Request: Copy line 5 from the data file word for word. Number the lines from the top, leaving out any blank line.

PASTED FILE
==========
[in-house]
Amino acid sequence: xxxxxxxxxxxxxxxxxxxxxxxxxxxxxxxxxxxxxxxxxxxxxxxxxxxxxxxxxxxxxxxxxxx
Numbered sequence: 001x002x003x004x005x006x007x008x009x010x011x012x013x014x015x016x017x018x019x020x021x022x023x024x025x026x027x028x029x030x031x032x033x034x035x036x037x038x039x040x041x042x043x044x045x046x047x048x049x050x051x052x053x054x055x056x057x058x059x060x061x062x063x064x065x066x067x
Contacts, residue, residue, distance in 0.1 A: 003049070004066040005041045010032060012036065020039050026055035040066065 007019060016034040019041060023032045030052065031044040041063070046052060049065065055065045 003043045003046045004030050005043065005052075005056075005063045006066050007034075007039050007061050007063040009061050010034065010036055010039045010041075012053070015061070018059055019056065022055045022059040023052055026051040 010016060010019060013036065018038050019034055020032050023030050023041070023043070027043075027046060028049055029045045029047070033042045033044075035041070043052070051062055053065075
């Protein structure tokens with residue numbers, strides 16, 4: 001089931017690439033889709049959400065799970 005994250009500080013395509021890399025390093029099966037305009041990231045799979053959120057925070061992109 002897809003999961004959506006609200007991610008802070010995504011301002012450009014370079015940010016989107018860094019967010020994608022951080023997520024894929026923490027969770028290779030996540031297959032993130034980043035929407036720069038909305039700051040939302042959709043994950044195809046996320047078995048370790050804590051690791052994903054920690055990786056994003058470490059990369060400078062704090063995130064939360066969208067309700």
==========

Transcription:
């Protein structure tokens with residue numbers, strides 16, 4: 001089931017690439033889709049959400065799970 005994250009500080013395509021890399025390093029099966037305009041990231045799979053959120057925070061992109 002897809003999961004959506006609200007991610008802070010995504011301002012450009014370079015940010016989107018860094019967010020994608022951080023997520024894929026923490027969770028290779030996540031297959032993130034980043035929407036720069038909305039700051040939302042959709043994950044195809046996320047078995048370790050804590051690791052994903054920690055990786056994003058470490059990369060400078062704090063995130064939360066969208067309700």